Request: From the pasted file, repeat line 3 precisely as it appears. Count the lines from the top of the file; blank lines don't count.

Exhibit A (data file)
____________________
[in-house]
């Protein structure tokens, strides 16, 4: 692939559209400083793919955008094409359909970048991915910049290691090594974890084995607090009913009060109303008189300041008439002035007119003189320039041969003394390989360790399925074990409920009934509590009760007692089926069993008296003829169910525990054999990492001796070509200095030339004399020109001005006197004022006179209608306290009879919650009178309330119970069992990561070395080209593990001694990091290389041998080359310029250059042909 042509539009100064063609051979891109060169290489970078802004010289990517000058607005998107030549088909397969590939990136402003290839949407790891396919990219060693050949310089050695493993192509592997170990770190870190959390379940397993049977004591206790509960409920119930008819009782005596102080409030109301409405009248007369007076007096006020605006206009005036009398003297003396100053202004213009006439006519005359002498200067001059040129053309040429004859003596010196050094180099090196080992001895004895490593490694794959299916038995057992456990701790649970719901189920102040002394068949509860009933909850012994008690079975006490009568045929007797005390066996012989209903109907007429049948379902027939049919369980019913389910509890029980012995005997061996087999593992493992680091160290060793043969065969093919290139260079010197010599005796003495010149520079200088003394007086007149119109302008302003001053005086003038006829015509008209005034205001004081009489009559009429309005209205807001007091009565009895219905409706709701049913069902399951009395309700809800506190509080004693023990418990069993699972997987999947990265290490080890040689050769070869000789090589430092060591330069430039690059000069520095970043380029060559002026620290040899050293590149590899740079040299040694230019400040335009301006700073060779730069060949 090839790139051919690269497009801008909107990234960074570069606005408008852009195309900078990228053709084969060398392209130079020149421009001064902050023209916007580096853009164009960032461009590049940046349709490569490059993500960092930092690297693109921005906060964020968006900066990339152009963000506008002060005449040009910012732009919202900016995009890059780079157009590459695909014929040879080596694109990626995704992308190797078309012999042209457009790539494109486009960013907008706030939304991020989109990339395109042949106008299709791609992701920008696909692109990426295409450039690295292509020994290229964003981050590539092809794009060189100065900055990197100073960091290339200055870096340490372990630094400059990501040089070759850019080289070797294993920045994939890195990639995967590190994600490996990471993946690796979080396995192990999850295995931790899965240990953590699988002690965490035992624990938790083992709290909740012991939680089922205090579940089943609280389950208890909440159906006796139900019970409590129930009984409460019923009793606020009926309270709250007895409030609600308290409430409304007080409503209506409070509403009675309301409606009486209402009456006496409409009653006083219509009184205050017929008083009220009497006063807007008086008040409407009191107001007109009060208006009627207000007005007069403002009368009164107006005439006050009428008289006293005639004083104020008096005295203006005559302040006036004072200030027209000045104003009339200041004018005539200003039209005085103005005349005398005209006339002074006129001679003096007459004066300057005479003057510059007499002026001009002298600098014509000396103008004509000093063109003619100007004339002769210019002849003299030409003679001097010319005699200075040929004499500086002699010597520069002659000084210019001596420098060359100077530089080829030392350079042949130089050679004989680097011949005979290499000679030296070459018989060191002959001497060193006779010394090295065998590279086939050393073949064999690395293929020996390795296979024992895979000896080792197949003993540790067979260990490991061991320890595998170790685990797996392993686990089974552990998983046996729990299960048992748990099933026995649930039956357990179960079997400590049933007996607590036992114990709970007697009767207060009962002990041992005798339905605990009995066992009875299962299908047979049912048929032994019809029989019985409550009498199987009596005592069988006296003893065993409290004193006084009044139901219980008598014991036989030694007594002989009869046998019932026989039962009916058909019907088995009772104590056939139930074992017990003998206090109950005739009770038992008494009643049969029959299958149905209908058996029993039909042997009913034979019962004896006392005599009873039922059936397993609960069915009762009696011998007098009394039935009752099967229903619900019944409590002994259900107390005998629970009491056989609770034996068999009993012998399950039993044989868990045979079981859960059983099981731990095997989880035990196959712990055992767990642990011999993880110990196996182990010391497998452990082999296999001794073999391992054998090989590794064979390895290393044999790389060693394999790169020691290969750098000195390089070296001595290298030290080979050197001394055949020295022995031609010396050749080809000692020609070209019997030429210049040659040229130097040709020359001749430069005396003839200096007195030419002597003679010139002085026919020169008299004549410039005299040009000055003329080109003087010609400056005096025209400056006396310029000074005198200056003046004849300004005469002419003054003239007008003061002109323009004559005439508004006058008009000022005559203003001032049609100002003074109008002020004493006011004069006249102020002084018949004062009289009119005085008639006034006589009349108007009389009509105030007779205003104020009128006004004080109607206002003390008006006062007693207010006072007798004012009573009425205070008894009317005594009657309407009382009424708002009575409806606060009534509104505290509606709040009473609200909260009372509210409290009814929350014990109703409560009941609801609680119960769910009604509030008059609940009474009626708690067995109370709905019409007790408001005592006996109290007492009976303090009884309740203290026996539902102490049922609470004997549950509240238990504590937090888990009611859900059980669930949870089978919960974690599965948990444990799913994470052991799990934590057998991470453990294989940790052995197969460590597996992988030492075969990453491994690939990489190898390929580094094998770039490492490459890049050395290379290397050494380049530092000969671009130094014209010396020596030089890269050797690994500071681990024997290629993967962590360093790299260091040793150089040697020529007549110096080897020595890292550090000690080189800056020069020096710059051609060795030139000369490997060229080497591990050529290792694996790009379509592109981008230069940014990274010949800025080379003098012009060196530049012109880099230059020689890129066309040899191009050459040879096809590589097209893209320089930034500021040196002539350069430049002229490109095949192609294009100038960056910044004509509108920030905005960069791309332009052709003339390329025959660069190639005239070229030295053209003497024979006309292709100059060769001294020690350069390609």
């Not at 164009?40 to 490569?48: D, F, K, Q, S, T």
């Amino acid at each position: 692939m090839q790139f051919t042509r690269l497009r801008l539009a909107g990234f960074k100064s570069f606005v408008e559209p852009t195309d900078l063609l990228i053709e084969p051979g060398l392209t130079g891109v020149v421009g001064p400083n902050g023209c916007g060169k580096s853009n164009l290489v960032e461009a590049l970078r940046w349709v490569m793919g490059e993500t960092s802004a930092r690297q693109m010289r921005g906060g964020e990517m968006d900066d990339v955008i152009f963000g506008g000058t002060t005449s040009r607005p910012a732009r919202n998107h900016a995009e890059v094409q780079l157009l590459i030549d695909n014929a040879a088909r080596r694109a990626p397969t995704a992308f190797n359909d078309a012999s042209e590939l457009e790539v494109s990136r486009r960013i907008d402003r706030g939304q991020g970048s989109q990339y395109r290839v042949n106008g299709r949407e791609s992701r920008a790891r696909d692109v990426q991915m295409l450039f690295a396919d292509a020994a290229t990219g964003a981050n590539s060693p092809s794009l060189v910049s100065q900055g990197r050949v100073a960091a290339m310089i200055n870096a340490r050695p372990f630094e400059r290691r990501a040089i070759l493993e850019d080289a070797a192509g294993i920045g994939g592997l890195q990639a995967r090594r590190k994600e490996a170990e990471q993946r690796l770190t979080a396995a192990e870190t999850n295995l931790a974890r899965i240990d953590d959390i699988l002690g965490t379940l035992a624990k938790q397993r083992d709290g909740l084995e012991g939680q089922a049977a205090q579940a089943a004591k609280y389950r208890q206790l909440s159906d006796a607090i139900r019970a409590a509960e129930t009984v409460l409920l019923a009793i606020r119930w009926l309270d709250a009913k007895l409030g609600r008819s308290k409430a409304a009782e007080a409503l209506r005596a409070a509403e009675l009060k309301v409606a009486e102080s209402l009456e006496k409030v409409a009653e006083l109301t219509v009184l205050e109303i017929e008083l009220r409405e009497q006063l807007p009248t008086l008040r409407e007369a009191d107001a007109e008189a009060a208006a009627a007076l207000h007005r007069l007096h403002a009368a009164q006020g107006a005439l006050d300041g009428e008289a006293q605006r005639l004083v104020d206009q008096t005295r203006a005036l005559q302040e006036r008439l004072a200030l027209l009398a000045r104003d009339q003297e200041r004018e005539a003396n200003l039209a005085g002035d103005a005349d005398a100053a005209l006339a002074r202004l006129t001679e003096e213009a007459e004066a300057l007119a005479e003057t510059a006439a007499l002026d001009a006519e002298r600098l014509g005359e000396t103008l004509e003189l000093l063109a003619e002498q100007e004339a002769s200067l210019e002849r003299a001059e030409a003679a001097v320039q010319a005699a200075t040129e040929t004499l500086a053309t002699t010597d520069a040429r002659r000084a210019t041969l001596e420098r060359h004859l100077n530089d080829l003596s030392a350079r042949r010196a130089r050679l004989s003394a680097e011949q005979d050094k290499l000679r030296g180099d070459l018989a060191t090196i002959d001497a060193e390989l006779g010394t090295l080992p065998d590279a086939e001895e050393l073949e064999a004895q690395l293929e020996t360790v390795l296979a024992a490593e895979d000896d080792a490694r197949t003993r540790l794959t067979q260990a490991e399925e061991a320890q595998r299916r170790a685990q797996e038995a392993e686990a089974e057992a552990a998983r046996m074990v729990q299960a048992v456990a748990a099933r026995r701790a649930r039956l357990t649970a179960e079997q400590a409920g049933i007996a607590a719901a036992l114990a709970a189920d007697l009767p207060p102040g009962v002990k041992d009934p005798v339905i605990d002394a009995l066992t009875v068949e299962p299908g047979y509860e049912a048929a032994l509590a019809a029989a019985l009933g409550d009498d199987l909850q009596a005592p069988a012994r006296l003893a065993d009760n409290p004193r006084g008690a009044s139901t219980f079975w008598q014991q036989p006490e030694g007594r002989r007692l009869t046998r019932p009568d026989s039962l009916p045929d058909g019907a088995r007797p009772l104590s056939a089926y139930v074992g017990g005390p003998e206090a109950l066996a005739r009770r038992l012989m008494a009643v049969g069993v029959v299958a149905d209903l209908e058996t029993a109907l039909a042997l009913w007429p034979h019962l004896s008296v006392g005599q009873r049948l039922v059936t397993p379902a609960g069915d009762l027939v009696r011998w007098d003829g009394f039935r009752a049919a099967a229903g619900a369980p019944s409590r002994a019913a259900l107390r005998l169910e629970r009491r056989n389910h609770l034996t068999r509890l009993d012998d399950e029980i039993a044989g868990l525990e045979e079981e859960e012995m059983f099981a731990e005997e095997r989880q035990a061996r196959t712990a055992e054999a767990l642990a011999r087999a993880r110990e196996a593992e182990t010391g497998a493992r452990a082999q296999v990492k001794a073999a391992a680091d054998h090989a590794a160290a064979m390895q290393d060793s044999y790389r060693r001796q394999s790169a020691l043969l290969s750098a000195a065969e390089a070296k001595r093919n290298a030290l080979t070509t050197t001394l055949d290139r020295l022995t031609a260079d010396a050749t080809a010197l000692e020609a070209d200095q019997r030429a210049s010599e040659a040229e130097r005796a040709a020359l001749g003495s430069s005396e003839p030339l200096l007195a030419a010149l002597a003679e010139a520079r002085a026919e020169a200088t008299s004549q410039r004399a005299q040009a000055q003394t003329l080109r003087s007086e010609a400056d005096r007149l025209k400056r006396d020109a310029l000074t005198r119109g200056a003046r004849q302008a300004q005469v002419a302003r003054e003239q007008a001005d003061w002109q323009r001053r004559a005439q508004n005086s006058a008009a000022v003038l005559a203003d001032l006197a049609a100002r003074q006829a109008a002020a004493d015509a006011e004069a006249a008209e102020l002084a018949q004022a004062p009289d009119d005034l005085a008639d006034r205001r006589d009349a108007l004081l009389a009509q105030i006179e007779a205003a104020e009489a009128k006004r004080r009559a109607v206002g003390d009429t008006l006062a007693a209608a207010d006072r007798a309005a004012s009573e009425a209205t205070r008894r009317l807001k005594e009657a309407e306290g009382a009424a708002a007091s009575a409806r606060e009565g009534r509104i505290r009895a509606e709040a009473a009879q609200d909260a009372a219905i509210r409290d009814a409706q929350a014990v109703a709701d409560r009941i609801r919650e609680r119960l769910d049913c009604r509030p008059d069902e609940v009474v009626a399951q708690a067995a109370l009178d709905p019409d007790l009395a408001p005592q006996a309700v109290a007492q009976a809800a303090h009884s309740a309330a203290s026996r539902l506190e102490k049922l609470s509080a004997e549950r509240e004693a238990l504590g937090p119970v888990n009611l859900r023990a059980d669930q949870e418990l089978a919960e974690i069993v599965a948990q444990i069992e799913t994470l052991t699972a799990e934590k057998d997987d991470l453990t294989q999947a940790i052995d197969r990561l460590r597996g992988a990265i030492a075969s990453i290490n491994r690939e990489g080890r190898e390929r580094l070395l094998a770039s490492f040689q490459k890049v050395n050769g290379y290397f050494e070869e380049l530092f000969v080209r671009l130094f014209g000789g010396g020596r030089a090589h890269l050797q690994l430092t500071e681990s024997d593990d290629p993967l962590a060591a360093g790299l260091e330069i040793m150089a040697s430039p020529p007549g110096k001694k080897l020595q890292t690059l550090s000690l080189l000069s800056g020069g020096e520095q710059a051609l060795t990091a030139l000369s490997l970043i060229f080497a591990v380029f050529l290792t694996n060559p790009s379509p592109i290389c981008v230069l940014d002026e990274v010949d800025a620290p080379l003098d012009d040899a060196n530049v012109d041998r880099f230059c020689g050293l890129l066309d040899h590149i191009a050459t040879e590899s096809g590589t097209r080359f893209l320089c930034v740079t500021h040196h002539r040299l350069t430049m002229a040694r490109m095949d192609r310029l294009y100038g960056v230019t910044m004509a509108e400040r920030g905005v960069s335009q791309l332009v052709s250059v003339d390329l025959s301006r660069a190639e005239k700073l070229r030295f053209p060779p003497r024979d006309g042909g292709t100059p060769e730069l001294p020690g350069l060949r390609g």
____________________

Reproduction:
């Not at 164009?40 to 490569?48: D, F, K, Q, S, T």